Carolyn F. Ulrich

Carolyn Farquhar Ulrich (August 16, 1880 – November 22, 1969) was an American librarian. She created the Ulrich's Periodicals Directory in 1932.

Carolyn F. Ulrich
portrait of Carolyn F. Ulrich
Born(1880-08-16)August 16, 1880.
Oakland, California
DiedNovember 22, 1969(1969-11-22) (aged 89)
NationalityAmerican
Alma materPratt Institute
Occupationlibrarian
EmployerNew York Public Library
Known forcreated Ulrich's Periodicals Directory
FamilyLina Linck and Rudolph Ulrich (parents)

Early life and educationEdit

Ulrich was born in Oakland, California, on August 16, 1880 to parents Lina Linck (Hartman) and Rudolph Ulrich. Her family later moved to New York and she enrolled in the Pratt Institute for one year.[1]

CareerEdit

Ulrich began working as assistant in the Brooklyn Public Library in 1906, with no formal library training.[1] As a result, she attended the Albany Summer Library School during the summer of 1907 and remained an assistant at the Brooklyn library until 1912.[1] In 1913 she became "first assistant," a position she held until 1917.[1] In 1914, Marian Cutter and Ulrich travelled to Newfoundland and Labrador to help with the Grenfell Mission. They helped catalogue books and establish travelling libraries.[2] Ulrich returned to the Pratt Institute to earn her certification in library studies. After graduating in 1918, she joined the staff at Bridgeport Public Library in Connecticut where she worked to develop travelling libraries to serve factory workers.[2] In 1922, she was appointed chief of the periodicals division of the New York Public Library's Main Branch.[1]

In 1932, as chief of the periodicals division of the New York Public Library, Ulrich published the Periodicals Directory: A Classified Guide to a Selected List of Current Periodicals Foreign and Domestic. This was the beginning of Ulrich's Periodicals Directory.[3] She later Chaired the American Library Association (ALA) Periodicals Section and Join Committee on Standardization of Periodicals.[1] In 1936, Ulrich was appointed to represent the American Standards Association on the International Standards Association Committee 46 on Documentation.[4]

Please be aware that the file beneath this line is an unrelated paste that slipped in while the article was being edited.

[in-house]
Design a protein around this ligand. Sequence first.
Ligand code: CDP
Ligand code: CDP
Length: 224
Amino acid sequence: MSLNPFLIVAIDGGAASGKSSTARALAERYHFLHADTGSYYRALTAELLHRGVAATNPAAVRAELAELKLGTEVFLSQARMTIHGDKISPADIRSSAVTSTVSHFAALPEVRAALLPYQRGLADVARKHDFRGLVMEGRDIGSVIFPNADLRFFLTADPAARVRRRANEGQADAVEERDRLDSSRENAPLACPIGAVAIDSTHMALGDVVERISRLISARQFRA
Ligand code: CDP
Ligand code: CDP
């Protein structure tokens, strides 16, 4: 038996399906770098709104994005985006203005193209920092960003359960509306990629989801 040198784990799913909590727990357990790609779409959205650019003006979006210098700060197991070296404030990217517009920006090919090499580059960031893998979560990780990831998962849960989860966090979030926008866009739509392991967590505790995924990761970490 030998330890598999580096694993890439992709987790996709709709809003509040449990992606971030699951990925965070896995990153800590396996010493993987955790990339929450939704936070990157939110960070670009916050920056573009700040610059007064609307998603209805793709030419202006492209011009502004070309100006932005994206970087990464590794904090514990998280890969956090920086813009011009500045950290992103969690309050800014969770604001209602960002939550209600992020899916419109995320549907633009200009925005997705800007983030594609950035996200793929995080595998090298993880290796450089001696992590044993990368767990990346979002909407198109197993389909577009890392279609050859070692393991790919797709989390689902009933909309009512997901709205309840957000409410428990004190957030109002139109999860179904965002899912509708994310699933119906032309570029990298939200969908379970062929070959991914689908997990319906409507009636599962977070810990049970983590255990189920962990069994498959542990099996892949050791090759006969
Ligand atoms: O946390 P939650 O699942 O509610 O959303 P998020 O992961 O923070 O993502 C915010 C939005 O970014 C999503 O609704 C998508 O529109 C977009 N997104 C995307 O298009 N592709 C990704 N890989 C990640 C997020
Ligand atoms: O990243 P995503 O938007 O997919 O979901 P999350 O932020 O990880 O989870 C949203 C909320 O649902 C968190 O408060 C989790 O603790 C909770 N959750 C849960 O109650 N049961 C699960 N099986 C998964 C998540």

She died on November 22, 1969.[1]

PublicationsEdit

In 1943, Ulrich and Karl Küp published "Books and Printing, a Selected list of Periodicals, 1800-1942."[5] In 1946, she published "The Little Magazine, A History and a Bibliography" with Frederick J. Hoffman and Charles Allen.[6]

ReferencesEdit

  1. ^ a b c d e f g Wayne A. Wiegand (1990). Supplement to the Dictionary of American Library Biography, Volume 1. Libraries Unlimited. pp. 136–138. ISBN 9780872875869. Retrieved October 29, 2019.
  2. ^ a b ""Dispensing Good Books and Literature" to Coastal Communities: The Role of the Grenfell Mission in Newfoundland and Labrador, 1890s-1940". thefreelibrary.com. Retrieved October 29, 2019.
  3. ^ Patterson, Charles D. (1988). "Origins of Systematic Serials Control: Remembering Carolyn Ulrich". Reference Services Review. 16 (1/2): 79–92. doi:10.1108/eb049014.
  4. ^ "National Information Standards Organization (NISO)". snaccooperative.org. Retrieved October 29, 2019.
  5. ^ Lawrence Clark Powell (1945). "Reviewed Work: Books and Printing, a Selected list of Periodicals, 1800-1942. By Carolyn F. Ulrich and Karl Küp by Carolyn F. Ulrich, Karl Küp". The Papers of the Bibliographical Society of America. 39 (1): 76–78. doi:10.1086/pbsa.39.1.24298483. JSTOR 24298483.
  6. ^ Herbert J. Muller (April 1947). "Reviewed Work: The Little Magazine, A History and a Bibliography by Frederick J. Hoffman, Charles Allen, Carolyn F. Ulrich". New York History. 28 (2): 235–237. JSTOR 23149731.